By Marilyn Odesser-Torpey, Associate Editor
The hot dog isn’t quite as humble as it used to be. Sonic Drive-in, for example, features six different dogs nationally (and two more regionally) on its menu and has even made them the stars of some of its television commercials, said Joe Chiovera, principal of the consulting firm XS Foodservice and Marketing Solutions.
Chiovera pointed to Sheetz, which offers six varieties of “Hot Dogz” plus a made-to-order option on its order kiosk. “Both of these companies have taken hot dogs to the next level,” Chiovera said. “There are endless possibilities to offer high quality products and create a real point of difference from competitors.”
Even without a big ad budget or the latest ordering technology, convenience stores can take roller grill dogs to the “next level” with a well-stocked condiment bar, Chiovera noted. In addition to the requisite mustard and ketchup, he suggested offering pico de gallo, onions, sauerkraut and relishes. “Being able to add their own fresh toppings makes consumers feel good about what they’re eating,” he said.
Roller grills are an integral part of RaceTrac convenience stores’ food- service program, said Bart Stransky, the company’s executive director of merchandising. Stores have between two and six grills and some have one totally dedicated to hot dogs.
Currently between 25-30% of the chain’s more than 400 stores in the Southeastern U.S. feature an eight- item condiment bar. It will also be included in remodels and new builds, Stransky noted.
Kwik Trip is another c-store company that takes its roller grills seriously. Paul Servais, Kwik Trip’s food service zone leader, pointed out that in its newest stores, the company, which has more than 470 locations in Wisconsin, Minnesota and Iowa, is installing eight-foot-wide condiment bars to accommodate multiple customers at a time.
Another item that does “exceedingly well” at RaceTrac is the tamale, said Stransky. Larger stores in the chain can carry as many as 12 roller grill items, including taquitos, a country sausage link and a spicy selection such as jalapeño cheese sausage.
Kwik Trip stores can have as many as 14 different items on the roller grill at any given time. Core items are supplemented with limited time offers (LTO).
“There is always an LTO tornado, roller bite, hot dog and egg roll on the grill,” Servais said. “Once a year we totally reevaluate the category and replace some core items with the most popular LTOs.”
At Noon’s Food Stores, which has three locations in Montana, sales are steady for the 5:1 hot dogs and a sausage offering that rotates cheddarwurst with other varieties such as hot Italian sausage and Miller Beer brats, according to Earl Allen, the company’s marketing manager. Hot dogs grace the grill daily sometime between 10 a.m. and 11 a.m. and remain available into the evening.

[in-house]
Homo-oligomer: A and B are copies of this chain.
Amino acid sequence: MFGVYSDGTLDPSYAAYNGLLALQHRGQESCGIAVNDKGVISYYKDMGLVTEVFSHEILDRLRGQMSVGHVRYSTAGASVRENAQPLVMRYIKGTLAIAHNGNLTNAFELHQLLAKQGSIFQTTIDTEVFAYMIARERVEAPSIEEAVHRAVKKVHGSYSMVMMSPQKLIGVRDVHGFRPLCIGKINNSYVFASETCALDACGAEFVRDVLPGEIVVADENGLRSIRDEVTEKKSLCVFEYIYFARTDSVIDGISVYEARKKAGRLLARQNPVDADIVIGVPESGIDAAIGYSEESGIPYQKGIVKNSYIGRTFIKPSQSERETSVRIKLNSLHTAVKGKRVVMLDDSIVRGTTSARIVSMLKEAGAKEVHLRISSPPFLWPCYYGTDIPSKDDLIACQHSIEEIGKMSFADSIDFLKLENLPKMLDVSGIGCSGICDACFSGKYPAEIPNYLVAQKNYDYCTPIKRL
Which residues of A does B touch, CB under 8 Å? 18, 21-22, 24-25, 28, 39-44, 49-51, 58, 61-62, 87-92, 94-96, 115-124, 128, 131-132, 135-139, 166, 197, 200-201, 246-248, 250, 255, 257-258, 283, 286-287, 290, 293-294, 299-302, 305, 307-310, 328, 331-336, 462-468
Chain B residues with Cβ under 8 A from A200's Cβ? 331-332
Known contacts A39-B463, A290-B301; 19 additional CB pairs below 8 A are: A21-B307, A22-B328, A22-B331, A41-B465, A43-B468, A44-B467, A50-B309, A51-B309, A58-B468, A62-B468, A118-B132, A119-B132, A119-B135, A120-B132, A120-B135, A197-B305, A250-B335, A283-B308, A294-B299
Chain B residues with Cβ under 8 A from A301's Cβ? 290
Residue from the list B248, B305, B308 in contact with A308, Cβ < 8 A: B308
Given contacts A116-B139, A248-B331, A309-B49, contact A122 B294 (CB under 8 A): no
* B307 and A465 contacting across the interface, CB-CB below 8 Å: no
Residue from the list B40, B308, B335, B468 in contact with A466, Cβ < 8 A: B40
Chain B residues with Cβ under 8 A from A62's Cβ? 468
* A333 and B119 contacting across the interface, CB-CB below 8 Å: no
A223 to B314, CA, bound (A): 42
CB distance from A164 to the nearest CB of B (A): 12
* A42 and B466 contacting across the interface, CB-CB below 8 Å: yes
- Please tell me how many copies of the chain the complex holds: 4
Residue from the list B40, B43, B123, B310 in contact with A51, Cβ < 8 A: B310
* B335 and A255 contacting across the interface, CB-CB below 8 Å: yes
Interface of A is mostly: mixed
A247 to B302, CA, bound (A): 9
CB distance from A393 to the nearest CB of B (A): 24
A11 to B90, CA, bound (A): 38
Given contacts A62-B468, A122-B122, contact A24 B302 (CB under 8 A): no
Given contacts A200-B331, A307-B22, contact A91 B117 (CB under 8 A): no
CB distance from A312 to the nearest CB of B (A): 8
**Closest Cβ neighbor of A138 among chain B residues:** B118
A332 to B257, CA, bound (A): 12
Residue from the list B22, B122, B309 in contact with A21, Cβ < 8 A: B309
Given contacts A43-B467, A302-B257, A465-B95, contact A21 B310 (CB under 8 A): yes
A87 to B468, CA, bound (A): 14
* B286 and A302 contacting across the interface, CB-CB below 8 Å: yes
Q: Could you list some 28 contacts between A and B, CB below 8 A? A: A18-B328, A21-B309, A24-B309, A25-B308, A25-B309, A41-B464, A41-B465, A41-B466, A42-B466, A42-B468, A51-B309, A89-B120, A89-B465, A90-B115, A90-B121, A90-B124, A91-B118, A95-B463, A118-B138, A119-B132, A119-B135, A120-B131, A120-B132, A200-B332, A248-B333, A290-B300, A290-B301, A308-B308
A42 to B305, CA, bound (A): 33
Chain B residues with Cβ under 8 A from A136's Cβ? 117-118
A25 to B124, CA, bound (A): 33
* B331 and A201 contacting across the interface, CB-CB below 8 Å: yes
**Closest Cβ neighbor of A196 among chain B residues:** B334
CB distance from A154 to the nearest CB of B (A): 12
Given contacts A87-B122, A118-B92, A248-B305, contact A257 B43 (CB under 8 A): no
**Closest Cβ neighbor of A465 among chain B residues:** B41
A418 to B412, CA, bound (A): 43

Because the stores are open 24 hours, Allen is planning to work on a specific campaign geared toward the after-hours bar crowd, which he believes could be a significant market. Grand Forks, N.D.-based Simonson Station Stores stocks a wide range of roller grill products, such as hot dogs; cheddarwurst, mesquite jalapeño smoked, Polish and pepper jack cheese sausages; several types of roller bites and tornadoes, said Rachel Stewart, the company’s foodservice manager. Each of the 16 stores across North Dakota and Minnesota carries at least six staple items.
“We use good quality, recognizable brands like Ball Park, Hillshire Farms and Johnsonville,” Stewart said. “Over the past year, we’ve seen our roller grill purchases increase by 20%.”
Like hot dogs, many other roller grill items can be embellished by customers at self-service grills or by staffers at behind-the-counter ones, said Dr. Nancy Caldarola, general manager of the Roswell, Ga.-based Food Training Group. Using a few simple ingredients (most of which are already in stock), basic roller grill items can be easily turned into store specialties.
“You can take a cheeseburger roll and top it with sauce to make it Italian or add fried onions and peppers to a sausage sandwich,” Caldarola said. “You can always charge a premium for these items to offset any extra labor and ingredient costs.”
Entire store-wide merchandising campaigns can be built around roller grill items, she suggested.
“If you’re featuring a hot dog with sriracha sauce, for example, merchandise it with tortilla chips, Mexican beer, even churros,” Caldarola said.
Just some colorful new signage can refresh the concept, said Allen. Recently, Noon Food Stores posted new signage it had received from a roller grill product manufacturer.
“Just the visual change focused attention on the roller grill,” Allen said.
RaceTrac also has heavy signage on its roller grill fixture. In addition, the company runs a major, non-price- focused promotion spotlighting its roller grill products once a year.
“It’s like a reintroduction to the category,” Stransky said.
While variety, customization options and merchandising can create interest in the category, price is always a factor that makes roller grills such an attractive option for so many consumers. Kwik Trip uses a lot of price promotion, including charging $1 for selected roller grill items for two-week periods.
For years, RaceTrac has been running a $2.50 special for two hot dogs covered in toppings. Simonson Station Stores sells all roller grill items either two for $3 or $1.69 each, Stewart said.
No matter how you present and market your roller grill, there’s one fundamental thing that can make or break it. “It all begins with a top quality hot dog and a warm steamed bun,” said RaceTrac’s Stransky.